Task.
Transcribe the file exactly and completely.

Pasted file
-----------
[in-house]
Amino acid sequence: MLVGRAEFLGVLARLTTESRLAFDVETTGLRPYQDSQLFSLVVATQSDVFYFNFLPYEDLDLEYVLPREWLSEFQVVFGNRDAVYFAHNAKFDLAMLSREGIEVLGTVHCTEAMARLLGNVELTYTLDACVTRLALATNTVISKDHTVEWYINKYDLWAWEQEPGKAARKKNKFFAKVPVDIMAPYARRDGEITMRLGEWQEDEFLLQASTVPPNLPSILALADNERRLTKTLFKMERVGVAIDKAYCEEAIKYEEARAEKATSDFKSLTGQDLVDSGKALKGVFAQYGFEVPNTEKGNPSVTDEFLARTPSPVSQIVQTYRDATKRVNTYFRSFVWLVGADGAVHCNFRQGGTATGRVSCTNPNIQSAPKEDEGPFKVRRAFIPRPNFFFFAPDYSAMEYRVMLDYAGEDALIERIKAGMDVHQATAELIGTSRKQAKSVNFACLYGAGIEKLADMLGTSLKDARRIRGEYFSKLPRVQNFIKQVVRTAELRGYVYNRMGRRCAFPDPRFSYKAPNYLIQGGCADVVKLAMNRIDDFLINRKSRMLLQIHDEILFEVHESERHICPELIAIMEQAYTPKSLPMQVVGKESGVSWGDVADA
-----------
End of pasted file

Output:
[in-house]
Amino acid sequence: MLVGRAEFLGVLARLTTESRLAFDVETTGLRPYQDSQLFSLVVATQSDVFYFNFLPYEDLDLEYVLPREWLSEFQVVFGNRDAVYFAHNAKFDLAMLSREGIEVLGTVHCTEAMARLLGNVELTYTLDACVTRLALATNTVISKDHTVEWYINKYDLWAWEQEPGKAARKKNKFFAKVPVDIMAPYARRDGEITMRLGEWQEDEFLLQASTVPPNLPSILALADNERRLTKTLFKMERVGVAIDKAYCEEAIKYEEARAEKATSDFKSLTGQDLVDSGKALKGVFAQYGFEVPNTEKGNPSVTDEFLARTPSPVSQIVQTYRDATKRVNTYFRSFVWLVGADGAVHCNFRQGGTATGRVSCTNPNIQSAPKEDEGPFKVRRAFIPRPNFFFFAPDYSAMEYRVMLDYAGEDALIERIKAGMDVHQATAELIGTSRKQAKSVNFACLYGAGIEKLADMLGTSLKDARRIRGEYFSKLPRVQNFIKQVVRTAELRGYVYNRMGRRCAFPDPRFSYKAPNYLIQGGCADVVKLAMNRIDDFLINRKSRMLLQIHDEILFEVHESERHICPELIAIMEQAYTPKSLPMQVVGKESGVSWGDVADA